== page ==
Benefits of Microgreens:
There are many foods that we have come to know as superfoods that can often be difficult to access, such as maca, MCT coconut oil, and spirulina. Depending on where and how you live, these can be very difficult to grow, process, and store.
When buying foods like these, they often have a higher price point as well, which presents its own set of challenges. To me, these are some of the factors that make microgreens the absolutely incredible superfood that they are! Microgreens can be produced very simply in your own home, and there are growing numbers and sizes of retailers who provide seed in bulk specifically for this purpose! While you do still need the space to grow in and a short list of materials to start producing your own microgreens, the setup required is quite straightforward. Once you are established, it becomes what is probably the most efficient superfood to produce yourself!
The benefits of access are the beginning of the “super” quality of microgreens. This still leaves the wondrous world of their vast nutritional content! Beyond the high antioxidant content found in microgreens, they are also found to have significantly higher levels of nutrients, such as vitamin E and vitamin C, than the mature versions of the plant. In an article from NPR, author Eliza Barclay shares about a study conducted by Gene Lester, who is the National Program Leader of Nutrition and Food Safety/Quality for the USDA, alongside colleagues from the University of Maryland, College Park, which was published in the Journal of Agriculture and Food Chemistry. The focus was on analyzing the nutrients in microgreens. They included 25 varieties of microgreens in their sample pool of species while looking at four groups of vitamins and other phytochemicals. What they found means a lot for our understanding of and relationship to microgreens! Their findings showed, ¨leaves from almost all of the microgreens [tested] had four to six times more nutrients than the mature leaves of the same plant.¨ Variation was found from species to species, just as is found in mature species.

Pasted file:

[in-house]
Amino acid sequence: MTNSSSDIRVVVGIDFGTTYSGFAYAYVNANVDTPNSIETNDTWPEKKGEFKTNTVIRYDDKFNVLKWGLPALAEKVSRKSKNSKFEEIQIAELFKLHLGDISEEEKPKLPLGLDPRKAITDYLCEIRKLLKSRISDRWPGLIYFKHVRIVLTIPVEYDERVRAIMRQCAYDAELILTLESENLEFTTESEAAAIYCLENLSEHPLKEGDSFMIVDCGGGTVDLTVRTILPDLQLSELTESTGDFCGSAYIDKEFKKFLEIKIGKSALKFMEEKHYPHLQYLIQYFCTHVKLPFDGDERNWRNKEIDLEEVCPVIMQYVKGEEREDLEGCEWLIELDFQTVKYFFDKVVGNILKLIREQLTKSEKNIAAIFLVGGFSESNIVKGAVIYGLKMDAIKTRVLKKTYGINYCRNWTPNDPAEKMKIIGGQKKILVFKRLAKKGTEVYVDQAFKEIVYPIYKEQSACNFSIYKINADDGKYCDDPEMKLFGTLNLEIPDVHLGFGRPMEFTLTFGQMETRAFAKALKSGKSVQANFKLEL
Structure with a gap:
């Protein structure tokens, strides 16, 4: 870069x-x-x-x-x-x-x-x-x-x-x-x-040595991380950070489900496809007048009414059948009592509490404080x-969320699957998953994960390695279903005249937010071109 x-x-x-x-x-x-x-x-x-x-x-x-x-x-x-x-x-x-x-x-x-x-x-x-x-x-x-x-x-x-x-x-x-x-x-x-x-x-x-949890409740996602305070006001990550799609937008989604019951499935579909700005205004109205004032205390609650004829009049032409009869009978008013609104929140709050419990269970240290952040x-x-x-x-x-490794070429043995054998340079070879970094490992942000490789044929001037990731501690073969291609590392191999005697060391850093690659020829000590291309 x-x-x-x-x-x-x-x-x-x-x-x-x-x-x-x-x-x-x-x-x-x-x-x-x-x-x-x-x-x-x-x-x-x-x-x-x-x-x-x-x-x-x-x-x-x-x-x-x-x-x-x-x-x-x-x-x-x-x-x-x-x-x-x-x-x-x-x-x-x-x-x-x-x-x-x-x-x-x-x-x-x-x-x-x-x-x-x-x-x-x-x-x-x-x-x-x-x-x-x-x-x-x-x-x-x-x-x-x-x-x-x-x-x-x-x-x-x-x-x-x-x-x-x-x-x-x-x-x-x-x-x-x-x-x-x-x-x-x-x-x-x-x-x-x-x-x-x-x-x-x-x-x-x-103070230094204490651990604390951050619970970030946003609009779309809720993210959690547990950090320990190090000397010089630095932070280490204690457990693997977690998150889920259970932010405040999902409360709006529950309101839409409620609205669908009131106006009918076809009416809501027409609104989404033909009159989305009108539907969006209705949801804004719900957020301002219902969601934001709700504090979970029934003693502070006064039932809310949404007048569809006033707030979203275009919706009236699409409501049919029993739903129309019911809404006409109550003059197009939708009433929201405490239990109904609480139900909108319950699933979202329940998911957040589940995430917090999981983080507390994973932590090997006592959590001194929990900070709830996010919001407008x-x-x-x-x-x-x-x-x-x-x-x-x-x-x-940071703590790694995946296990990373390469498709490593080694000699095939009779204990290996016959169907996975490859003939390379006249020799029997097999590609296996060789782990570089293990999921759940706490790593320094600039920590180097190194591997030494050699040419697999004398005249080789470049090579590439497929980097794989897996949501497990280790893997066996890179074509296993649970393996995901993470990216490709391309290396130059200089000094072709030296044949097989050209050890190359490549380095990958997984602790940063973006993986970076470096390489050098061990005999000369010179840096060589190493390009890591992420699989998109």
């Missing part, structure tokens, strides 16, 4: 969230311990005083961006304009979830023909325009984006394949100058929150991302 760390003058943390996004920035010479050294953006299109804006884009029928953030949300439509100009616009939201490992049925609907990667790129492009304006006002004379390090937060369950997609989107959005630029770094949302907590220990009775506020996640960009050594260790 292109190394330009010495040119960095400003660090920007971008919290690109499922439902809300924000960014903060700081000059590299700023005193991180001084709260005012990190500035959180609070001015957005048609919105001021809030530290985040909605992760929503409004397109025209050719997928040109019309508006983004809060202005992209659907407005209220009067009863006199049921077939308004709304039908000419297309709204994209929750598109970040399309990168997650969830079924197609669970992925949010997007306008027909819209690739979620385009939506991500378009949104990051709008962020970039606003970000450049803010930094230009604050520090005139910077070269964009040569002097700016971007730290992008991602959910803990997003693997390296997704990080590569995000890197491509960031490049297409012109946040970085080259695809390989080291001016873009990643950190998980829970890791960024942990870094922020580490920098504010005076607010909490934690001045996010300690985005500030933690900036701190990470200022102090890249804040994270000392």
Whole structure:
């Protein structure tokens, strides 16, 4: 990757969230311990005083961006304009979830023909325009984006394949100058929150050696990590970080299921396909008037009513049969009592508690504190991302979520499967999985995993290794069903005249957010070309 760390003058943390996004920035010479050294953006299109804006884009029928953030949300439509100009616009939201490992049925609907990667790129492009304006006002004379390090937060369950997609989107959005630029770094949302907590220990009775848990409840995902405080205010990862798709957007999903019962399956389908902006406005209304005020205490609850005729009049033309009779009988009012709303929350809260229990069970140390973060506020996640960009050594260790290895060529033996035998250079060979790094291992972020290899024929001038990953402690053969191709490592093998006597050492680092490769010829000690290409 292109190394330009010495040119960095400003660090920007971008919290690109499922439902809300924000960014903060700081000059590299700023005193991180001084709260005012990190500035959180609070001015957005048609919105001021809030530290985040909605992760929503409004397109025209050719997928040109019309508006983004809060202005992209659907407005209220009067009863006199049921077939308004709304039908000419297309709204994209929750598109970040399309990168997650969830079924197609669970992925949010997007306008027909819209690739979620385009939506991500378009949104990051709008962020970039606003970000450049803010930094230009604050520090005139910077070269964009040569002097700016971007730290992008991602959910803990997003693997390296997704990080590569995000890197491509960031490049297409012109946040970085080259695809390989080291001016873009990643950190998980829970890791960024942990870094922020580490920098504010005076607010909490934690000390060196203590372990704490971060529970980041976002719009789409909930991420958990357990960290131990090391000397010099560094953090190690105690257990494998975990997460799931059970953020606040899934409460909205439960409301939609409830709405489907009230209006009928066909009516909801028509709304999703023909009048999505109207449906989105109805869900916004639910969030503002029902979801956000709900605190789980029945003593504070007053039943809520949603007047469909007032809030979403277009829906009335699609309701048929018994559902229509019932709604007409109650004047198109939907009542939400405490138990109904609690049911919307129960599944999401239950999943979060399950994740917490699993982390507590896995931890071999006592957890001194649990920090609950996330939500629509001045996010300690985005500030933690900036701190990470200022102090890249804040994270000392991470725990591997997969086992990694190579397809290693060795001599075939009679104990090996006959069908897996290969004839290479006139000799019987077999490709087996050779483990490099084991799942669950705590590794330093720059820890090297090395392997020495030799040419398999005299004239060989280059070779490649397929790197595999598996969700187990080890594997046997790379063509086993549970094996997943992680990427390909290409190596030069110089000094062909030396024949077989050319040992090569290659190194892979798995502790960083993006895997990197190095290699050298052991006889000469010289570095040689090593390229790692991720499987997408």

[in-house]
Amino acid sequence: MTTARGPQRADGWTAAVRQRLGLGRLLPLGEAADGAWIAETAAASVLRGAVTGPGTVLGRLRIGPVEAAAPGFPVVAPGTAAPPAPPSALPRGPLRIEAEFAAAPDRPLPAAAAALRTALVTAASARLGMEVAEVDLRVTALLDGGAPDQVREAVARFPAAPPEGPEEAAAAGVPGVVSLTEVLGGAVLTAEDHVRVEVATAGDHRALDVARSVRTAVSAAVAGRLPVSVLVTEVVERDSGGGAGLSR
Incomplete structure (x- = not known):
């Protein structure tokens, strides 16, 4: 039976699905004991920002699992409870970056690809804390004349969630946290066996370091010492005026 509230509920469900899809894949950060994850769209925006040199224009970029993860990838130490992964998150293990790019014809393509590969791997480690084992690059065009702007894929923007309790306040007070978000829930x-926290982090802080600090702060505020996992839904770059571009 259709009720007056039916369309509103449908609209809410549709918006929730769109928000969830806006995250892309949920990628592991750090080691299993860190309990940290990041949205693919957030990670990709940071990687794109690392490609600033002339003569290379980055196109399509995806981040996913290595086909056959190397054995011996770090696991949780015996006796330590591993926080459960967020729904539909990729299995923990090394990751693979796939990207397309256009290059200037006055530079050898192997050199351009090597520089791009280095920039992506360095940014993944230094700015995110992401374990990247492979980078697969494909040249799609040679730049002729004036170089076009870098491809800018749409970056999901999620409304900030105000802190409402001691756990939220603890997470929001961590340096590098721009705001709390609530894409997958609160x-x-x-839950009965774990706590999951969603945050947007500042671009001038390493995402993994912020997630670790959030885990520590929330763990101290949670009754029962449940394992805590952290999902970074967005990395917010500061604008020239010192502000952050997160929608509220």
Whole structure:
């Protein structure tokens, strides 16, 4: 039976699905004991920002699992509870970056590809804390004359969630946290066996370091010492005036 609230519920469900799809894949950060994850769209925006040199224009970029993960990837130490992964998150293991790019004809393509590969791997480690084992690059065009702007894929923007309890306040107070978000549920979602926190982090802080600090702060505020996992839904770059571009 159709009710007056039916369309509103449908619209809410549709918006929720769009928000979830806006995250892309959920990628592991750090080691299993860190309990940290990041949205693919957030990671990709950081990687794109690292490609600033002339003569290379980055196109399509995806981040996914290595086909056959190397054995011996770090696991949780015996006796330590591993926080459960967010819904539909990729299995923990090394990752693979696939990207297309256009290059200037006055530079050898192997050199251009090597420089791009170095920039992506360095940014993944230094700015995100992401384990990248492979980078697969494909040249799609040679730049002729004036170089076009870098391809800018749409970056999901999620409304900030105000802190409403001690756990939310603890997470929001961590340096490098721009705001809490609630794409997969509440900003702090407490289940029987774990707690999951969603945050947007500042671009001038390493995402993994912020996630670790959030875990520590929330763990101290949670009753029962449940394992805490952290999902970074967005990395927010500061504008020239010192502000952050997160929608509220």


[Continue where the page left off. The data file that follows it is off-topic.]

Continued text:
Coming from a culinary foundation, it always excites me to use an ingredient with such an acute flavor, unique texture, and high amounts of various nutrients. The search for ingredients which bring a special texture or flavor that both stands out and incorporates well is an unending search. Microgreens meet all these criteria, and they do it in a way where they also provide great variation for you to experiment with and choose from. If you would like to make your dish stand out with flavors reminiscent of traditional Italian recipes, a bitter, slightly-spicy microgreen like radish or mustard goes a long way! Something herbaceous? Basil, fennel, or cilantro! Something refreshing? Peas, celery, cabbage, or parsley fit that in my book. Something with a sweeter, rounded flavor? Beets, arugula, or sunflower!
Uses for Microgreens: